As is my custom, I was scanning my twitter feed last Wednesday morning whilst clambering out of my cycling gear in the office changing room. I noticed that Surfers Against Sewage’s Chief Executive, Hugo Tagholm, was up from Cornwall and in Edinburgh for the day. The access we have to on-line acquaintances enabled me to ask what he was up to? It turns out he was attending a charity dinner hosted by the People’s Postcode Lottery who had given a generous grant towards a new van for their work. Within a couple of tweets time we had arranged to grab a cuppa mid afternoon and we both organised our schedules and worked our lunch breaks to accommodate an hour carved out from 3pm. It was an unexpected surprise and a welcome interruption to the day that I had planned in my head.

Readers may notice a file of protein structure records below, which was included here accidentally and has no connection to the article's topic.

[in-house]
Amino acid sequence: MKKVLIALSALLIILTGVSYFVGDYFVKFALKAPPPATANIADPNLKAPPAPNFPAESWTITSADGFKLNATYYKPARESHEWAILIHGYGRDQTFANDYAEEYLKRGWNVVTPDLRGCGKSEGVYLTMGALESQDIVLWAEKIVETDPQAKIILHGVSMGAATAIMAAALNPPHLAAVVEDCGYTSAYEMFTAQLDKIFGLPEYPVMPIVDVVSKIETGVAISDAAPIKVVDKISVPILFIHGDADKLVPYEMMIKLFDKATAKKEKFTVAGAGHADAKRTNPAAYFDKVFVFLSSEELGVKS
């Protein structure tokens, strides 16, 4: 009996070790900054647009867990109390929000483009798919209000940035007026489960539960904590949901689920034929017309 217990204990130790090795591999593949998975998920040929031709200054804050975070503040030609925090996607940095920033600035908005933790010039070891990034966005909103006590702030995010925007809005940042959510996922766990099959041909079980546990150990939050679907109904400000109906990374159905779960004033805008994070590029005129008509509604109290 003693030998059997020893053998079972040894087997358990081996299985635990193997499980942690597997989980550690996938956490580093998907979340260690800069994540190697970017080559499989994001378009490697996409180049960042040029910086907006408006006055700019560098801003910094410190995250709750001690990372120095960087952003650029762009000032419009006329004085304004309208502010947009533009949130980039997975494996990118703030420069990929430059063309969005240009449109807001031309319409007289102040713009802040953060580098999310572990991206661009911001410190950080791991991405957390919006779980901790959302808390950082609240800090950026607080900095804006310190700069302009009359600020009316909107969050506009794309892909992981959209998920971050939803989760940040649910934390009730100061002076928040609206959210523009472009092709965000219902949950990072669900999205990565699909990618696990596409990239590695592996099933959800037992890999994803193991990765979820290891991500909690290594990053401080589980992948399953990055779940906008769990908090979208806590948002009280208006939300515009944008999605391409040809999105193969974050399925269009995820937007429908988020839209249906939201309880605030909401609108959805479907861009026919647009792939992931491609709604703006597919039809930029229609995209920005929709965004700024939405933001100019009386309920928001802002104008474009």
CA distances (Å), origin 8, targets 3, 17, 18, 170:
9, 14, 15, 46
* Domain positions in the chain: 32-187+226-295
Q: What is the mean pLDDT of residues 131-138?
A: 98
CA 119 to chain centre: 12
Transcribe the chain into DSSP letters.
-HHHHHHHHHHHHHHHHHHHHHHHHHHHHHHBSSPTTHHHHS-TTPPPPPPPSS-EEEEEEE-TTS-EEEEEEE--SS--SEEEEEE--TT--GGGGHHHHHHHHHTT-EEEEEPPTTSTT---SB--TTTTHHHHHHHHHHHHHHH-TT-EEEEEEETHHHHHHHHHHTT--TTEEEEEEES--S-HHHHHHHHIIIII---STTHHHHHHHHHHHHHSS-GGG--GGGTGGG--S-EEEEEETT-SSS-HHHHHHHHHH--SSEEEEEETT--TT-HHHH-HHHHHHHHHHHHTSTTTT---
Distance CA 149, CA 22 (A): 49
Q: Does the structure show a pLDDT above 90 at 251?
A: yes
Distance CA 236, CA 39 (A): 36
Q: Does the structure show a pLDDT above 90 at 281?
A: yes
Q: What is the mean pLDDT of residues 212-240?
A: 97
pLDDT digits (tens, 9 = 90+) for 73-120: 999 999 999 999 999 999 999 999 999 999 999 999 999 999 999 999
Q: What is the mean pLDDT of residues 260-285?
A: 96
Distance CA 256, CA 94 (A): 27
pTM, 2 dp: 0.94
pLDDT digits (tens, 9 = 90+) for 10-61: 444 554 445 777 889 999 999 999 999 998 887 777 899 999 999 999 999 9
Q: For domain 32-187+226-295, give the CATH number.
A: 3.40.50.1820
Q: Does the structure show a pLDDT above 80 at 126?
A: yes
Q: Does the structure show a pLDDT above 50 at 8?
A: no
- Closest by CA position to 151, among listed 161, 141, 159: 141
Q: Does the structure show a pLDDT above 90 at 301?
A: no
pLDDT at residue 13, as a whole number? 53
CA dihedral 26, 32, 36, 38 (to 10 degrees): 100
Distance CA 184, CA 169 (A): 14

If you’d been people watching in a certain Edinburgh coffee-house last Wednesday afternoon, you wouldn’t have observed two more animated and engaged conversationalists – chatting enthusiastically and listening intently as we covered a host of topics that each of are passionate about: surfing; environmentalism; but, more than that, we were trading stories of our every day lives – of the places we find ourselves, the people placed around us, the responsibilities we hold, family life and how precious all of that is…I don’t know if it’s something that comes into sharper focus at a certain stage, but there was a real sense of living in the moment – a quiet urgency of sorts. Neither of us are individuals who want to sit on the side-lines and merely observe. Both of us smiled knowingly when I quoted a line from a book that said something along the lines of “living in the age that we do we’ve never been so well-connected and, yet, so out of touch.” We talked of friendships. We talked of life decisions that each of us had made that left us financially poorer, but with a life that was so much richer in other ways. Hugo told me that his favourite times surfing aren’t necessarily when the waves are at their best, but, actually when he heads out with a specific friend who isn’t the best surfer in the world – but, where there is a contagious sense of joy whenever he catches a half-decent wave. I think you could hashtag it #gratitude.